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Benzathine Benzylpenicillin

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Oriol Mitja – 1st expert on this subject based on the ideXlab platform

  • New Treatment Schemes for Yaws: The Path Toward Eradication
    Clinical Infectious Diseases, 2012
    Co-Authors: Oriol Mitja, Russell Hays, Andrea C. Rinaldi, Robyn Mcdermot, Quique Bassat

    Abstract:

    Yaws—an infectious disease caused by Treponemapallidum subsp. pertenue—is a paradigmatic example ofthe neglected tropical disease and is reemerging as apublic health concern in many countries, causing suf-fering particularly in children aged 500000 people,mostly children in poor rural areas, were affected bythe disease [4]. Some of the most important endemicfoci today are located in Africa (Ghana, Congo, Cam-eroon) [5], Southeast Asia (Indonesia, Timor-Leste),and the Pacific islands (Papua New Guinea, SolomonIslands, Vanuatu) [6], but figures for the number ofpeople infected are imprecise due to patchy surveying,especially in isolated districts and islands [7].STANDARD ANTIBIOTIC TREATMENTThe WHO yaws treatment guidelines date to the1950s, and since then, no alternatives to penicillin forfirst-line treatment have been introduced. Penicillinwas proven to be highly effective against yaws andother treponemal diseases in 1948, and it revolution-ized the therapy of these infections. Tests on experi-mentally infected animals and infected patientsshowed that Benzylpenicillin levels >0.03 units/mL ofserum maintained for at least 7 days were treponemi-cidal [8]. These levels can be achieved either by givingrepeated doses of short-acting Benzylpenicillin prepa-rations (ie, aqueous Benzylpenicillin) or a single intra-muscular injection of slowly absorbed, repositoryBenzylpenicillin preparations such as Benzathine ben-zylpenicillin or penicillin aluminium monostearate [9].Intramuscular Benzathine Benzylpenicillin was chosenas the preferred treatment for yaws because of itsconvenient pharmacokinetics and manufacturingadvantages. The WHO guidelines still recommend 1intramuscular injection of long-acting Benzathine ben-zylpenicillin at a dose of 1.2 MU for adults and 0.6MU for children [7].

  • single dose azithromycin versus Benzathine Benzylpenicillin for treatment of yaws in children in papua new guinea an open label non inferiority randomised trial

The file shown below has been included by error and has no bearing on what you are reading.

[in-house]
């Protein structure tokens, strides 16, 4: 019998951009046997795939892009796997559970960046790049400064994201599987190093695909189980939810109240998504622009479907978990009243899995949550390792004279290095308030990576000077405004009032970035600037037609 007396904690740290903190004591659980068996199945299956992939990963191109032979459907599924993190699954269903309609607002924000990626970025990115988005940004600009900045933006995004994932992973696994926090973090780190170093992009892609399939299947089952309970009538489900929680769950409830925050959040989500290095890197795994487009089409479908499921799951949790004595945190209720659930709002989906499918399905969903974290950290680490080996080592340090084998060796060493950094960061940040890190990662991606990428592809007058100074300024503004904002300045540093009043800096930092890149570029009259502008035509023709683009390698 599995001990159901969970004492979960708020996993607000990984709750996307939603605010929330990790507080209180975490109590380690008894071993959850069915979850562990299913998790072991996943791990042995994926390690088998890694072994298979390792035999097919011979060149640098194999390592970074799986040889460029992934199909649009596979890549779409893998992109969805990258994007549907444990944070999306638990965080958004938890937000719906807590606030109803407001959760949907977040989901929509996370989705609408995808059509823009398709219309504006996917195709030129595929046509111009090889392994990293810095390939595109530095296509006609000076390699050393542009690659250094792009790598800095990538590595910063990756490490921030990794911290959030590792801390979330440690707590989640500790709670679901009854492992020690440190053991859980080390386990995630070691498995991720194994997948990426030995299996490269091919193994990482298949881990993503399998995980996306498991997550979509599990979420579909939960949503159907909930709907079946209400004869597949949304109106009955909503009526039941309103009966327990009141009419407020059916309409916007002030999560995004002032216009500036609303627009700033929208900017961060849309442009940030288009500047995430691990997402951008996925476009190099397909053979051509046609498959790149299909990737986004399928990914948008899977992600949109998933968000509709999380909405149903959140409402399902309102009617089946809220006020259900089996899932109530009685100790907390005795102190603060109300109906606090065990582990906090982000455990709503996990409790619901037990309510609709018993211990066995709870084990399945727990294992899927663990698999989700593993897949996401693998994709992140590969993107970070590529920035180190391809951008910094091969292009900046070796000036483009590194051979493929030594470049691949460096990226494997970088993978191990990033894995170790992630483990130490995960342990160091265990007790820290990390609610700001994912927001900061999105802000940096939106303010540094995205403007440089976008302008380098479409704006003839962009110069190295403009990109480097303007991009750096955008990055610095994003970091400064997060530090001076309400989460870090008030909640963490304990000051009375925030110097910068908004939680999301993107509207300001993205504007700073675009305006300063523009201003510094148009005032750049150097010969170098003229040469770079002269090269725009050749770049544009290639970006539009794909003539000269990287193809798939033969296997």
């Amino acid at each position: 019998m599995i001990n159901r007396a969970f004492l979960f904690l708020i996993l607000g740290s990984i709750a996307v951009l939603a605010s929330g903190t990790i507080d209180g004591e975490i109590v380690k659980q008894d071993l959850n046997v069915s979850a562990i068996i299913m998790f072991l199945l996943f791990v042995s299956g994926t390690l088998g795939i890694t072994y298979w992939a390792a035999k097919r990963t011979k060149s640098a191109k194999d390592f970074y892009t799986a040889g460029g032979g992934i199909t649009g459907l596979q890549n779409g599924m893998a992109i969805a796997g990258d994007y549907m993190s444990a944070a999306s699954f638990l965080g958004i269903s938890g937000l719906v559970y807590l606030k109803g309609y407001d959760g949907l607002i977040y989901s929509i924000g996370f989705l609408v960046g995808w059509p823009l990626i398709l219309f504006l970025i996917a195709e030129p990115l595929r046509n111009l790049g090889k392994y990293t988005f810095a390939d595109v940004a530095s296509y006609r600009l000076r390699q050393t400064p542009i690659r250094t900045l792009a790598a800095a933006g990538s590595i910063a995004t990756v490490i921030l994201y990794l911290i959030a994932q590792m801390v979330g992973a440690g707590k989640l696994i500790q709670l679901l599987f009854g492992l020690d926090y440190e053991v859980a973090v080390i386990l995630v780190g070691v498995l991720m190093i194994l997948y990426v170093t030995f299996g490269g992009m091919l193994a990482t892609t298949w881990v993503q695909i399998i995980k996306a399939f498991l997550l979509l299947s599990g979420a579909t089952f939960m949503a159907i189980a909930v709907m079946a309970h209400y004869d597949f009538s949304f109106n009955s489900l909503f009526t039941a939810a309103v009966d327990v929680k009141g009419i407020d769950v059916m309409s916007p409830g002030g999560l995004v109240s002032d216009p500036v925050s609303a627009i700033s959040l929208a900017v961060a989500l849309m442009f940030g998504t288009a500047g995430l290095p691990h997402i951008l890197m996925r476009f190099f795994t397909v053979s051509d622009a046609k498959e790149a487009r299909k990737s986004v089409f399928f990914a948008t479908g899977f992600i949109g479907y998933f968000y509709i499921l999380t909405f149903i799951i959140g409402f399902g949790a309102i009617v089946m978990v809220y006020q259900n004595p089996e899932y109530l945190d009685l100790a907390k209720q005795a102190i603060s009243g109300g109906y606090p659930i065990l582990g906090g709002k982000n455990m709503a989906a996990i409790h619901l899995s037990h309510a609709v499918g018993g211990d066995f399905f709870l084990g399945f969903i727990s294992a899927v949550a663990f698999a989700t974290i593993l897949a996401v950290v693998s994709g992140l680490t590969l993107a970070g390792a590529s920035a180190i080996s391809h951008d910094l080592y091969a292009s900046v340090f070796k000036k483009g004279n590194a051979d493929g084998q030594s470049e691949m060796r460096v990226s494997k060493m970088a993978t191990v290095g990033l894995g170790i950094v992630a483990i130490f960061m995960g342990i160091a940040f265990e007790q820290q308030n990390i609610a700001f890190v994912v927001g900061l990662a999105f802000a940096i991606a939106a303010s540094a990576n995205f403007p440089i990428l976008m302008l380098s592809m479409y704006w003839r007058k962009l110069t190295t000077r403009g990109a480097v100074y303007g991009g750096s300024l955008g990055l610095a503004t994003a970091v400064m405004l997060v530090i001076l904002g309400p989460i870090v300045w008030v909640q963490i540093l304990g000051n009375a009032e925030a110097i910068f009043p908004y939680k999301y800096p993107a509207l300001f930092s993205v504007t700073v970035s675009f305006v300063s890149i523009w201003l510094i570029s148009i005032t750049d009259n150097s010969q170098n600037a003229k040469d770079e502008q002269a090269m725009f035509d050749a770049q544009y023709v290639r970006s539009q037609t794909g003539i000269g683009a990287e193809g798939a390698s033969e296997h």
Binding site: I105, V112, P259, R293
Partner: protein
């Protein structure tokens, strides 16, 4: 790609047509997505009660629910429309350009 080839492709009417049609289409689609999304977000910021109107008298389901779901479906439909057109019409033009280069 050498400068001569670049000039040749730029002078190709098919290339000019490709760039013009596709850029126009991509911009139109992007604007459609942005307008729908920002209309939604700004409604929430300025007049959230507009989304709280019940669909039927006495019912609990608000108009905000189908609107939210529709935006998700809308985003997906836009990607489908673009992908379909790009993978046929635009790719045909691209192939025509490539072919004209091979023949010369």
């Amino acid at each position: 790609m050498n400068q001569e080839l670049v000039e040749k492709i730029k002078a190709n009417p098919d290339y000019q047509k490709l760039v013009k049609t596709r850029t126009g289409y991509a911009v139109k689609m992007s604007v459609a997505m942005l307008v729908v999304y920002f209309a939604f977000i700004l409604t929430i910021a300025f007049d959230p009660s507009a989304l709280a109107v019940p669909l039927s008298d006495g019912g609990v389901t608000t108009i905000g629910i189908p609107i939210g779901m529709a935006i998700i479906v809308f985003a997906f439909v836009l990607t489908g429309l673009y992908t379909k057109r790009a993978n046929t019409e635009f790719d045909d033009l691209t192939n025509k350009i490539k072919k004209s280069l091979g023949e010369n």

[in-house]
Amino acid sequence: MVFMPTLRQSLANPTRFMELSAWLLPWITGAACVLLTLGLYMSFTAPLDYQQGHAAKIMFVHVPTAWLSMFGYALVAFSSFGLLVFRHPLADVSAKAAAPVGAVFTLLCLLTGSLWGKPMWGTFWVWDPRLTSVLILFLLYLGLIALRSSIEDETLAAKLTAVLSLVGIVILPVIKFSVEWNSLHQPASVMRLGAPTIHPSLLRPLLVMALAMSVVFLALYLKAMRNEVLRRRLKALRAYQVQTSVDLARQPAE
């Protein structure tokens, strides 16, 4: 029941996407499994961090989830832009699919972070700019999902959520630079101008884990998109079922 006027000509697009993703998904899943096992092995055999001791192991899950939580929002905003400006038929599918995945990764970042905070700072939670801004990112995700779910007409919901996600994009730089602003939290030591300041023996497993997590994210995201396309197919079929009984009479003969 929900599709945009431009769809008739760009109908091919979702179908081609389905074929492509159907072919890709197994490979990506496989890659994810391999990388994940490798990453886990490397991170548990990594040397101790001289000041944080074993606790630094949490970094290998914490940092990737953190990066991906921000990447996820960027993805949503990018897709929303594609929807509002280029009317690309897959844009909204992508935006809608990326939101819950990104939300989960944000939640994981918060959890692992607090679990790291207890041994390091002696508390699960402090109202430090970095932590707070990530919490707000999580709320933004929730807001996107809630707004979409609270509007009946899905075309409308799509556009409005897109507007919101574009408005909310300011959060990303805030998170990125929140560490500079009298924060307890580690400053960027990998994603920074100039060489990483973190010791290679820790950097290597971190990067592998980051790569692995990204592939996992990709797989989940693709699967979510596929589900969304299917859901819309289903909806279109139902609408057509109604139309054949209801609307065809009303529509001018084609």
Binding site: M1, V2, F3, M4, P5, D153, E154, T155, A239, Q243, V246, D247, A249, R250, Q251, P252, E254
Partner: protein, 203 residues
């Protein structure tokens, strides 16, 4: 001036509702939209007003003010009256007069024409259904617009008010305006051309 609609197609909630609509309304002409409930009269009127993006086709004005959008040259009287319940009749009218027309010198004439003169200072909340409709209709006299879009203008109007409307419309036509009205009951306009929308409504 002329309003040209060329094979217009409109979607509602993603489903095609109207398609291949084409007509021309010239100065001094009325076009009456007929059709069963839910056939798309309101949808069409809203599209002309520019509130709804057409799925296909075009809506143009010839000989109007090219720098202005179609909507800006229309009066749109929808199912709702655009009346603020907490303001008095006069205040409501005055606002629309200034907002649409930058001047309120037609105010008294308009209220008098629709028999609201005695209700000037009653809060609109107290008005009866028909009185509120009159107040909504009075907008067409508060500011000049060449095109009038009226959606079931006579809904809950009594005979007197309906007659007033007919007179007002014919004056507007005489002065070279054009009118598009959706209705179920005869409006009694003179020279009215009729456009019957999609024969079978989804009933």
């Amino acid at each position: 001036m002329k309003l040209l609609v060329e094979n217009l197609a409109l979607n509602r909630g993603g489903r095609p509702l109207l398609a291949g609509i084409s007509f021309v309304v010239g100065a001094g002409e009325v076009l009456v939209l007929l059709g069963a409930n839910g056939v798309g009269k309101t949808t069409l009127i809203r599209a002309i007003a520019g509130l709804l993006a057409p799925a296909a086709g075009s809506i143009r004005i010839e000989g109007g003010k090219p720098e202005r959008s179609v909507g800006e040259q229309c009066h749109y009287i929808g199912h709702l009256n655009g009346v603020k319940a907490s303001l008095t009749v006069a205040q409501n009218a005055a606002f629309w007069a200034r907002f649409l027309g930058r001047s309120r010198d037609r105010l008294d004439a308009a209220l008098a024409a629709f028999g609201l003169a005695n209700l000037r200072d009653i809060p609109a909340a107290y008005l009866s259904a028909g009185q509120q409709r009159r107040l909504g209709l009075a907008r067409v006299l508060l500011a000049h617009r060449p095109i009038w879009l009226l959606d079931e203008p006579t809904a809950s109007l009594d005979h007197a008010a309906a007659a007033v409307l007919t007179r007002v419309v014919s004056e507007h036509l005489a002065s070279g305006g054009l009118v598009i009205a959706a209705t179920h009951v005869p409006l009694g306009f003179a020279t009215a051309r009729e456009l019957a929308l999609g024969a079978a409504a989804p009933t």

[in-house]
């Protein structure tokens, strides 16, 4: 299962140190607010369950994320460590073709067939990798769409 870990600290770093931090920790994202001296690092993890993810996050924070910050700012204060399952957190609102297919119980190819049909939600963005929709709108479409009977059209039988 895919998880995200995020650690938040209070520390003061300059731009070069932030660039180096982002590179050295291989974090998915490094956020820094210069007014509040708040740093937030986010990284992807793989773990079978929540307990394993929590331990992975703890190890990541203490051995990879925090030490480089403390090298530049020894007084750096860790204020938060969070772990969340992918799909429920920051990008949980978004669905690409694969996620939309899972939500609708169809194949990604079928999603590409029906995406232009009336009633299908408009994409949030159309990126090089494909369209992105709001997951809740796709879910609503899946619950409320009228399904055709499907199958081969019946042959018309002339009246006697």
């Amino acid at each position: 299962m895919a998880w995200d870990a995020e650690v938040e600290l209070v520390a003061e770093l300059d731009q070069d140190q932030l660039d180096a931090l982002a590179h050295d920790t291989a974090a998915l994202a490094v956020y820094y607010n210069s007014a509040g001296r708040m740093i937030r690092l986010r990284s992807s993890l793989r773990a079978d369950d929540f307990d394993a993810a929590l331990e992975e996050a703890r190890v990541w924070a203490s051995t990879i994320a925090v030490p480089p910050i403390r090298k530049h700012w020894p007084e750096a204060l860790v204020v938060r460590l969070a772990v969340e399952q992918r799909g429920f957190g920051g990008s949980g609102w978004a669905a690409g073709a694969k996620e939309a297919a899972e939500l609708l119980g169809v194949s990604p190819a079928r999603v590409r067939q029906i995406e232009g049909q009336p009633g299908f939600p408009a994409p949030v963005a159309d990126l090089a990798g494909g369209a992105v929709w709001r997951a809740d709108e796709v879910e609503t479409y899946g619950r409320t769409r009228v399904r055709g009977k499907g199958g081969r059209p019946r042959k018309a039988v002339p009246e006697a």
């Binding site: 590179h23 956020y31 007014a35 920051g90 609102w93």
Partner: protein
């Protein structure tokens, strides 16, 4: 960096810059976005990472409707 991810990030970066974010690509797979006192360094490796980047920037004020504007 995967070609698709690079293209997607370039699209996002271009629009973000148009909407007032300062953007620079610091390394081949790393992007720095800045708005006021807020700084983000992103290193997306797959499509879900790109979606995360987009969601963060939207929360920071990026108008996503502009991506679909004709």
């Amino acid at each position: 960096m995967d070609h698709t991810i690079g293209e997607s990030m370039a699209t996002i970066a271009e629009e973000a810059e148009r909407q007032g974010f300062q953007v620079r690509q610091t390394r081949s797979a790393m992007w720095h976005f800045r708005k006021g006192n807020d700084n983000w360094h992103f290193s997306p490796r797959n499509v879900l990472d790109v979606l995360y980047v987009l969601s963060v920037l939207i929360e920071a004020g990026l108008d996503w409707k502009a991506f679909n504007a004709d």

The Lancet, 2012
    Co-Authors: Oriol Mitja, Russell Hays, Anthony Ipai, Moses Penias, Raymond Paru, David Fagaho, Elisa De Lazzari, Quique Bassat

    Abstract:

    Summary Background Yaws—an endemic treponematosis and, as such, a neglected tropical disease—is re-emerging in children in rural, tropical areas. Oral azithromycin is effective for syphilis. We assessed the efficacy of azithromycin compared with intramuscular long-acting penicillin to treat patients with yaws. Methods We did an open-label, non-inferiority, randomised trial at Lihir Medical Centre, Papua New Guinea, between Sept 1, 2010, and Feb 1, 2011. Children aged 6 months to 15 years with a serologically confirmed diagnosis of yaws were randomly allocated, by a computer-generated randomisation sequence, to receive either one 30 mg/kg oral dose of azithromycin or an intramuscular injection of 50 000 units per kg Benzathine Benzylpenicillin. Investigators were masked to group assignment. The primary endpoint was treatment efficacy, with cure rate defined serologically as a decrease in rapid plasma reagin titre of at least two dilutions by 6 months after treatment, and, in participants with primary ulcers, also by epithelialisation of lesions within 2 weeks. Non-inferiority was shown if the upper limit of the two-sided 95% CI for the difference in rates was lower than 10%. The primary analysis was per protocol. This trial is registered with ClinicalTrials.gov, number NCT01382004. Findings We allocated 124 patients to the azithromycin group and 126 to the Benzathine Benzylpenicillin group. In the per-protocol analysis, after 6 months of follow-up, 106 (96%) of 110 patients in the azithromycin group were cured, compared with 105 (93%) of 113 in the Benzathine Benzylpenicillin group (treatment difference −3·4%; 95% CI −9·3 to 2·4), thus meeting prespecified criteria for non-inferiority. The number of drug-related adverse events (all mild or moderate) was similar in both treatment groups (ten [8%] in the azithromycin group vs eight [7%] in the Benzathine Benzylpenicillin group). Interpretation A single oral dose of azithromycin is non-inferior to Benzathine Benzylpenicillin and avoids the need for injection equipment and medically trained personnel. A change to the simpler azithromycin treatment regimen could enable yaws elimination through mass drug administration programmes. Funding International SOS and Newcrest Mining.

Asha C Bowen – 2nd expert on this subject based on the ideXlab platform

  • a population pharmacokinetic study of Benzathine Benzylpenicillin g administration in children and adolescents with rheumatic heart disease new insights for improved secondary prophylaxis strategies
    Journal of Antimicrobial Chemotherapy, 2019
    Co-Authors: Robert Hand, Asha C Bowen, Sam Salman, Nelly Newall, Julie Vine, Madhu Pagesharp, Katherine Gray, Amy Baker, Joseph Kado

    Abstract: